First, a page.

They were addressing a large audience on the second day of the Hay Festival in Thiruvananthapuram, sponsored by the Telegraph.
Acknowledging the problems of both of poverty and of human rights abuses in the country, Tejpal, whose latest book has been longlisted for the Man Booker Asia Prize but who works principally as a journalist, said the media was not “set on the best course to redeem the situation”.
He said that despite the huge increase in television channels and newspapers, the Indian media is no longer in touch with what is going on. There is not often enough getting down and reporting on the real stories on the ground. “I believe the calling of the journalist in India is a challenging one,” he said. “There is a great sense of distress about the Indian media – wherever I go in India.”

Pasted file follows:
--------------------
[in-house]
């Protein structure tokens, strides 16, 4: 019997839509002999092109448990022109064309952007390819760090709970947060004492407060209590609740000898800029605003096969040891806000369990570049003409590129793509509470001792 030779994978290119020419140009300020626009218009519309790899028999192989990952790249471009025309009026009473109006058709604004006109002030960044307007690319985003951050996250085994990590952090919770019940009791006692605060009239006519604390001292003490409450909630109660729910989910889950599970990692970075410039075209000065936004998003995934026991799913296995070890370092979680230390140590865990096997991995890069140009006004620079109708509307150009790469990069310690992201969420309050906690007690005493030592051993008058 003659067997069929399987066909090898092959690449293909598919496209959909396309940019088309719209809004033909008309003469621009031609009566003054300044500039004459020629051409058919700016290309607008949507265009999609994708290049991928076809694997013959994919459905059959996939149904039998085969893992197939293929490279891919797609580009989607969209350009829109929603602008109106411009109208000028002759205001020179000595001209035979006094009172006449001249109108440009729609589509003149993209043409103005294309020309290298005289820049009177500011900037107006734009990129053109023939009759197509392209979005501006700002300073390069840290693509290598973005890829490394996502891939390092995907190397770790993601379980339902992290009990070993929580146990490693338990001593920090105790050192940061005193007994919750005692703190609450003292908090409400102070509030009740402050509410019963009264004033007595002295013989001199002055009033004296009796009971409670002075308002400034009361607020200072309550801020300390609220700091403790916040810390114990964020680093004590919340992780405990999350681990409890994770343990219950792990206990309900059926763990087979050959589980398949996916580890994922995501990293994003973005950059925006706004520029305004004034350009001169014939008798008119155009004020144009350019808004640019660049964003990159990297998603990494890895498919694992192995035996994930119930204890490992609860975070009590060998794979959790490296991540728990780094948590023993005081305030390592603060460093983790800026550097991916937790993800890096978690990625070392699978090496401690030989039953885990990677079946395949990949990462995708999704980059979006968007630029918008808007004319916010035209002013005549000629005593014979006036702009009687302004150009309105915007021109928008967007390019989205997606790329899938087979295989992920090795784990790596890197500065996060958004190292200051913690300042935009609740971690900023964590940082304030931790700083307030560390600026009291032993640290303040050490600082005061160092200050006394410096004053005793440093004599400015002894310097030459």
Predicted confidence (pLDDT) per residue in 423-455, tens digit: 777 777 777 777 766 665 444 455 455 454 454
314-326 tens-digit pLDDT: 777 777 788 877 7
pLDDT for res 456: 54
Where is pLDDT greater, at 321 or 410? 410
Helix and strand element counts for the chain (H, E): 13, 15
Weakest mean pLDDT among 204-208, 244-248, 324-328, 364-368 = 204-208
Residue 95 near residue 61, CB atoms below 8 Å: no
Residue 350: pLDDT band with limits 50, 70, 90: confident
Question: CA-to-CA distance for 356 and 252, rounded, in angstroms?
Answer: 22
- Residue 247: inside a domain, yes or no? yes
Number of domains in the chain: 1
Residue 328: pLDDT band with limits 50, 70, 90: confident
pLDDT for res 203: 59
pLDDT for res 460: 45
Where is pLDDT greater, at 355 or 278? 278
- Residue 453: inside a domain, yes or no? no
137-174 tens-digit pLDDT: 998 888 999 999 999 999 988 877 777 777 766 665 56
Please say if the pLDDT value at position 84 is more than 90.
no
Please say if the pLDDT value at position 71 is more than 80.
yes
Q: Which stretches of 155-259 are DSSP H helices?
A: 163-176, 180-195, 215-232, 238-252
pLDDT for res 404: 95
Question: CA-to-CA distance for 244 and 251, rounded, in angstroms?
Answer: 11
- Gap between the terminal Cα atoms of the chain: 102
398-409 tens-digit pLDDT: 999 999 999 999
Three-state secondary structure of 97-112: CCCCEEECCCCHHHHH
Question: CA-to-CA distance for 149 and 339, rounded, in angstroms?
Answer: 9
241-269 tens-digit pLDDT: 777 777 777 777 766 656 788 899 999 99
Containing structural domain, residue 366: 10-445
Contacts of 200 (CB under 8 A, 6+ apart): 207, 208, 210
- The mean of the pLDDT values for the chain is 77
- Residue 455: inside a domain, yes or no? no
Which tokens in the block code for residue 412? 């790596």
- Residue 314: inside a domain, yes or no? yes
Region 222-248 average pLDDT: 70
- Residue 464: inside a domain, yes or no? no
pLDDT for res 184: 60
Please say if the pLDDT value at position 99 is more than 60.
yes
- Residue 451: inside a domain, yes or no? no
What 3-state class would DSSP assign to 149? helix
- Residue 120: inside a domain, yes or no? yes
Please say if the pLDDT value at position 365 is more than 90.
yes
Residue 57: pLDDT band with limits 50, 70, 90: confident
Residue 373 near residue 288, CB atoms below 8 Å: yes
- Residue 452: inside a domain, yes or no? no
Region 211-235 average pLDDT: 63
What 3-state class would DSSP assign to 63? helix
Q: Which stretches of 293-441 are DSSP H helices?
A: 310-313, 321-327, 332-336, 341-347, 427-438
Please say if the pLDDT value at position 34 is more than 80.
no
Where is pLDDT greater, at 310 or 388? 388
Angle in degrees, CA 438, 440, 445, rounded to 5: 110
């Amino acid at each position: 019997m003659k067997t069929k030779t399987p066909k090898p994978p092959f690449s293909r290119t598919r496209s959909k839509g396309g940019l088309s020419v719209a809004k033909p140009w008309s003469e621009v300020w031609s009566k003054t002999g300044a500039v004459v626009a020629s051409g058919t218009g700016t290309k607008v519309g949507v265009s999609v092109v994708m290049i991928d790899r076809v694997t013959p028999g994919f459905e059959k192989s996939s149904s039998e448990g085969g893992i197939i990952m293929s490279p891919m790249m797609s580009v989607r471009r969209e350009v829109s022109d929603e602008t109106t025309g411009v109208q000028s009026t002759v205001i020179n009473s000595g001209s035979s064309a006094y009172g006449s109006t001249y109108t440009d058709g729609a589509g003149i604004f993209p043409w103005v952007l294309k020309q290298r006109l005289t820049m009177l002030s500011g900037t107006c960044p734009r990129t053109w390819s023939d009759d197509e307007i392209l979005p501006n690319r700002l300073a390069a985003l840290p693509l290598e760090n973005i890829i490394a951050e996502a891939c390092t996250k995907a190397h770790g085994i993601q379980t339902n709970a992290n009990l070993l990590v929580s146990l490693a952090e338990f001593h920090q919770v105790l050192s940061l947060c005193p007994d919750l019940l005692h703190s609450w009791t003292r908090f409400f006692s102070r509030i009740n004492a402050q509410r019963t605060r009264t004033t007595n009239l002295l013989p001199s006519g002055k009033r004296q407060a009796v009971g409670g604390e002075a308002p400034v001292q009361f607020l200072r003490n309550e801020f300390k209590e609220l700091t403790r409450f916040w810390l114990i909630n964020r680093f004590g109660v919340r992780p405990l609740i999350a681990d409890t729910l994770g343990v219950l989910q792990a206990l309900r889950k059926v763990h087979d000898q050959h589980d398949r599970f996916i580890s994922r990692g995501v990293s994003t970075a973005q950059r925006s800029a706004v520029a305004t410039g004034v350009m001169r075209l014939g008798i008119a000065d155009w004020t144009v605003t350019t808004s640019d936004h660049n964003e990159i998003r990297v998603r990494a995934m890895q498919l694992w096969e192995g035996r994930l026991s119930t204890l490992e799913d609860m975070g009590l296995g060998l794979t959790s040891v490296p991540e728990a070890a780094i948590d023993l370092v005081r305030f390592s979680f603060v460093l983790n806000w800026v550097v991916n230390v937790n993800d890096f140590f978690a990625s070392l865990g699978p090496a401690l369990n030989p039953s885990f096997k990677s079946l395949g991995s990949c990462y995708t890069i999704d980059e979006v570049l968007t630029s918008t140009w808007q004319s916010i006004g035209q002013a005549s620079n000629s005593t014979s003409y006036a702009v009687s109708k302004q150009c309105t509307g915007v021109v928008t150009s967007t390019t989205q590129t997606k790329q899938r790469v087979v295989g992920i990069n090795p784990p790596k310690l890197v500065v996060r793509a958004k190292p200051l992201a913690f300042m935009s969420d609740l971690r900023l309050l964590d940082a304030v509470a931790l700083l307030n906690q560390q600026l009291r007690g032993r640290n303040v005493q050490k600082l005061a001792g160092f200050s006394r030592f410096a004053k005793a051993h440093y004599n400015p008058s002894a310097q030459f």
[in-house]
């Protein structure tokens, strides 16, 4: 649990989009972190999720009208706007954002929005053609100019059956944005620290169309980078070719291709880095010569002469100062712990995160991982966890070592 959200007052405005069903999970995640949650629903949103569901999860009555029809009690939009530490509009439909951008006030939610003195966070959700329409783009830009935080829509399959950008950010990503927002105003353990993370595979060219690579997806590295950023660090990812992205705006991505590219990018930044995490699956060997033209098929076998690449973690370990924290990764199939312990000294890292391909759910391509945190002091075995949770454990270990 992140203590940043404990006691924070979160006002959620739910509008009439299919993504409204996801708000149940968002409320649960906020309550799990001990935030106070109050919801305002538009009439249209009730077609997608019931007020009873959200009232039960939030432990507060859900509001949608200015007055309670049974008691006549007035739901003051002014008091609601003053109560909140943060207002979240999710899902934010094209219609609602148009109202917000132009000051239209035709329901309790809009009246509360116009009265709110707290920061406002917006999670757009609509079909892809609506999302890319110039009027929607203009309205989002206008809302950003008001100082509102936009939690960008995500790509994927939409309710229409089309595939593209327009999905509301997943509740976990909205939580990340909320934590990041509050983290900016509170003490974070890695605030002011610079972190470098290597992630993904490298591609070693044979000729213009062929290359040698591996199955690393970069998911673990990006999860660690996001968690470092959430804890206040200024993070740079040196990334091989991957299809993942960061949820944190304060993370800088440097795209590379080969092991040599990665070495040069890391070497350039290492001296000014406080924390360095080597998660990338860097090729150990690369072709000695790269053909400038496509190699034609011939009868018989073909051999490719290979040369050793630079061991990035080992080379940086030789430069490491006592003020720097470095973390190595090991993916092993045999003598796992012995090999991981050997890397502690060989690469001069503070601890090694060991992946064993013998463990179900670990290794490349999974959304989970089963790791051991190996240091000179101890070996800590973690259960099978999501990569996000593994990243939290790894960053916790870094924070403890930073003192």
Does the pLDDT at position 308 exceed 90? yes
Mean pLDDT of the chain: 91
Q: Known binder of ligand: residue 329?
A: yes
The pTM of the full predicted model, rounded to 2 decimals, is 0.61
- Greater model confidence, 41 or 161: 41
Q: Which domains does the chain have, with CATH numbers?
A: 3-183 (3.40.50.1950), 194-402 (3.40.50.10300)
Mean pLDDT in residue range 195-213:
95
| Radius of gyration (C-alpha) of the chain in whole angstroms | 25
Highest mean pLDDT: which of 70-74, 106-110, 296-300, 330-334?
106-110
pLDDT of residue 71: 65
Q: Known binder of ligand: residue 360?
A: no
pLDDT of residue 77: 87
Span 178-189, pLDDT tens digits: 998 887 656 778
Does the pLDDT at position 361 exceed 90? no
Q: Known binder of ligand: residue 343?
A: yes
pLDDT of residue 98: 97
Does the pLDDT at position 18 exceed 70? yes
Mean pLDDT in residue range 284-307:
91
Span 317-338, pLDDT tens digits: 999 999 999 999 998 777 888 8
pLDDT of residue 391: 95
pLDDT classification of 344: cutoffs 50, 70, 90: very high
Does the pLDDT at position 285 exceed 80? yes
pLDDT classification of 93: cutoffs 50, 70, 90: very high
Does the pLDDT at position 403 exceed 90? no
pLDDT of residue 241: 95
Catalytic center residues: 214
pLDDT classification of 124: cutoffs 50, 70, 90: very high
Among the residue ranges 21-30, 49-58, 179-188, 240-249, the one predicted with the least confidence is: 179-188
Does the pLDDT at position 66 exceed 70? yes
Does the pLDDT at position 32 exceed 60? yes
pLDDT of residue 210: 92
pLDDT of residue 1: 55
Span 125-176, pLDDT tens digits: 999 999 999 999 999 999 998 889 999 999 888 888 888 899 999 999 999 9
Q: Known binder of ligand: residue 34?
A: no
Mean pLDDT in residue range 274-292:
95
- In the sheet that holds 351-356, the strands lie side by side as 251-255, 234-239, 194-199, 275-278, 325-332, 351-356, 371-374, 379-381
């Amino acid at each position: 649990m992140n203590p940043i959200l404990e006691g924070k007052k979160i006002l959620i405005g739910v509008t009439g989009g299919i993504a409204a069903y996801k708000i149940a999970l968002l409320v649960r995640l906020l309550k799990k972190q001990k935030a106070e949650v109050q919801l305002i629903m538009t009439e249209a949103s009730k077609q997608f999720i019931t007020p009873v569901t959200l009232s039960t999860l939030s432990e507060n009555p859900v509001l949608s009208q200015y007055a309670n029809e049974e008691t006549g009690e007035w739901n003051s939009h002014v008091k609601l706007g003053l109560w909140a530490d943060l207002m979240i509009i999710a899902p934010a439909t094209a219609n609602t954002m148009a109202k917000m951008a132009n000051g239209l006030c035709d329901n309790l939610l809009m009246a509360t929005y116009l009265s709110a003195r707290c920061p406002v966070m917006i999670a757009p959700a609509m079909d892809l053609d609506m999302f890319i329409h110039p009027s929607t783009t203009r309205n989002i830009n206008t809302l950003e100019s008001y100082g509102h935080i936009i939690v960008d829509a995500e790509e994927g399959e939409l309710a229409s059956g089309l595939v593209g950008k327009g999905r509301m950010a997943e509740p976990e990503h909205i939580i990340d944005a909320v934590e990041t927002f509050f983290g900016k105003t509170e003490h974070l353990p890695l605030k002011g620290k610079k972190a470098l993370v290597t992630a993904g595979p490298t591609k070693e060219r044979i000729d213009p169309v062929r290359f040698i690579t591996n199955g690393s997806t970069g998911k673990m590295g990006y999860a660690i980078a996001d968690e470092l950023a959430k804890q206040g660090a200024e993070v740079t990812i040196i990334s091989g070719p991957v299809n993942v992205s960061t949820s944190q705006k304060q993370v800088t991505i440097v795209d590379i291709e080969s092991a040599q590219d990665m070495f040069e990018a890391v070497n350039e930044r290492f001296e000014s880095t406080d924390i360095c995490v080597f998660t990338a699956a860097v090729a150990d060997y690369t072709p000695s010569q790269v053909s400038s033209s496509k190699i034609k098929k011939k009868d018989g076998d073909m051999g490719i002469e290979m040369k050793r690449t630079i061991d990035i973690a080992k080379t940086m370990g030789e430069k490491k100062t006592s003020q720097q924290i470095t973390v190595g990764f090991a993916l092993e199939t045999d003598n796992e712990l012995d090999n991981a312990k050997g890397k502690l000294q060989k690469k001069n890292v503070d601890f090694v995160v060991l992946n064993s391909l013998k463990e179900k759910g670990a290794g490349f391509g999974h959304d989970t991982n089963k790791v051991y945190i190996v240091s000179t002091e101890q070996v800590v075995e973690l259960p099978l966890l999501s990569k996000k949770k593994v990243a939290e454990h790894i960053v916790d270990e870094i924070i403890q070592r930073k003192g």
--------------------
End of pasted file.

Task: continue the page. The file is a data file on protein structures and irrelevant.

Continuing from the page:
Sahgal agreed. “A wall of silence exists about the real state of the country,” she said, bemoaning the “fast news, fast buck” culture of sections of the Indian media which focus on “Bollywood and cricket”. “They are catering to someone with a very short attention span,” she said. “They assume young people all want fast news.”
They agreed that the effects of cultural “dumbing down” could be traced to Indian fiction as well. “Novels in India are not singing right now,” Tejpal said – this despite the apparent boom in Asian fiction in British bookshops.
Sahgal blamed the digital age of soundbites and information overload for the inadequacy of much of the fiction coming out of India. “I wonder whether information will kill the imagination,” she said.
The article sourced from “The Telegraph“